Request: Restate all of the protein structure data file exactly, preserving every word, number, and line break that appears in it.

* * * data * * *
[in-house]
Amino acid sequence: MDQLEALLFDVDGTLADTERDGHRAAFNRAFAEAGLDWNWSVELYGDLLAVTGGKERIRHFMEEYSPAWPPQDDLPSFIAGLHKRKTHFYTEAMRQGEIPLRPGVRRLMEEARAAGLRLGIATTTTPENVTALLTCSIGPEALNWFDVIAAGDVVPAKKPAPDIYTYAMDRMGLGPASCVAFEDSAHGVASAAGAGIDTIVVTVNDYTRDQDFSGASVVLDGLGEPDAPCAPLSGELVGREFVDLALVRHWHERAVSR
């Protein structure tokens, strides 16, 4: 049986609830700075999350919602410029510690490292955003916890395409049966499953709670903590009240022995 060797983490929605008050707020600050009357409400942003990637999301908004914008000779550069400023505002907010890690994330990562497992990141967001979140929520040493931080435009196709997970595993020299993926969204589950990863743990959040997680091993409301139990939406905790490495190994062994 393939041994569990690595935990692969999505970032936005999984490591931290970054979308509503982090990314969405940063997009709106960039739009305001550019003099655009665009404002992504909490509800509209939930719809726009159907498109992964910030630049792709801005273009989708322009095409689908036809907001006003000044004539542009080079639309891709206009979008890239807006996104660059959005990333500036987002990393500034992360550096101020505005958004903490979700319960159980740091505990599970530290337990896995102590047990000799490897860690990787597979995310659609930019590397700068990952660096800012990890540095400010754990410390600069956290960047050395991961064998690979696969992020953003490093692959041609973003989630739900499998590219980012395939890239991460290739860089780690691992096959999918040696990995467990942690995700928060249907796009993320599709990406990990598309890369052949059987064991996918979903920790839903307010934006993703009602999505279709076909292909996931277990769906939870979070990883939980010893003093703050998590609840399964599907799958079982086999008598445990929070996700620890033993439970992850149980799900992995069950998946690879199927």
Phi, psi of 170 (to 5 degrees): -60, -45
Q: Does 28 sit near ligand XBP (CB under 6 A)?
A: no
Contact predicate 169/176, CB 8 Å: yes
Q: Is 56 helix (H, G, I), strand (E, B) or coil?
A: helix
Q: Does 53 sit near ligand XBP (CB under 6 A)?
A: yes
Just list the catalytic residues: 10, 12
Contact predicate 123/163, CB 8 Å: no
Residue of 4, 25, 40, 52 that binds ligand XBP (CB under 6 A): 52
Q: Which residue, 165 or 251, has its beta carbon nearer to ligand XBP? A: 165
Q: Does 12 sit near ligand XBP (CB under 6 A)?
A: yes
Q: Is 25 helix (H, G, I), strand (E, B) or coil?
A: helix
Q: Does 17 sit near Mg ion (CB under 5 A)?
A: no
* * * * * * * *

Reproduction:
[in-house]
Amino acid sequence: MDQLEALLFDVDGTLADTERDGHRAAFNRAFAEAGLDWNWSVELYGDLLAVTGGKERIRHFMEEYSPAWPPQDDLPSFIAGLHKRKTHFYTEAMRQGEIPLRPGVRRLMEEARAAGLRLGIATTTTPENVTALLTCSIGPEALNWFDVIAAGDVVPAKKPAPDIYTYAMDRMGLGPASCVAFEDSAHGVASAAGAGIDTIVVTVNDYTRDQDFSGASVVLDGLGEPDAPCAPLSGELVGREFVDLALVRHWHERAVSR
């Protein structure tokens, strides 16, 4: 049986609830700075999350919602410029510690490292955003916890395409049966499953709670903590009240022995 060797983490929605008050707020600050009357409400942003990637999301908004914008000779550069400023505002907010890690994330990562497992990141967001979140929520040493931080435009196709997970595993020299993926969204589950990863743990959040997680091993409301139990939406905790490495190994062994 393939041994569990690595935990692969999505970032936005999984490591931290970054979308509503982090990314969405940063997009709106960039739009305001550019003099655009665009404002992504909490509800509209939930719809726009159907498109992964910030630049792709801005273009989708322009095409689908036809907001006003000044004539542009080079639309891709206009979008890239807006996104660059959005990333500036987002990393500034992360550096101020505005958004903490979700319960159980740091505990599970530290337990896995102590047990000799490897860690990787597979995310659609930019590397700068990952660096800012990890540095400010754990410390600069956290960047050395991961064998690979696969992020953003490093692959041609973003989630739900499998590219980012395939890239991460290739860089780690691992096959999918040696990995467990942690995700928060249907796009993320599709990406990990598309890369052949059987064991996918979903920790839903307010934006993703009602999505279709076909292909996931277990769906939870979070990883939980010893003093703050998590609840399964599907799958079982086999008598445990929070996700620890033993439970992850149980799900992995069950998946690879199927």
Phi, psi of 170 (to 5 degrees): -60, -45
Q: Does 28 sit near ligand XBP (CB under 6 A)?
A: no
Contact predicate 169/176, CB 8 Å: yes
Q: Is 56 helix (H, G, I), strand (E, B) or coil?
A: helix
Q: Does 53 sit near ligand XBP (CB under 6 A)?
A: yes
Just list the catalytic residues: 10, 12
Contact predicate 123/163, CB 8 Å: no
Residue of 4, 25, 40, 52 that binds ligand XBP (CB under 6 A): 52
Q: Which residue, 165 or 251, has its beta carbon nearer to ligand XBP? A: 165
Q: Does 12 sit near ligand XBP (CB under 6 A)?
A: yes
Q: Is 25 helix (H, G, I), strand (E, B) or coil?
A: helix
Q: Does 17 sit near Mg ion (CB under 5 A)?
A: no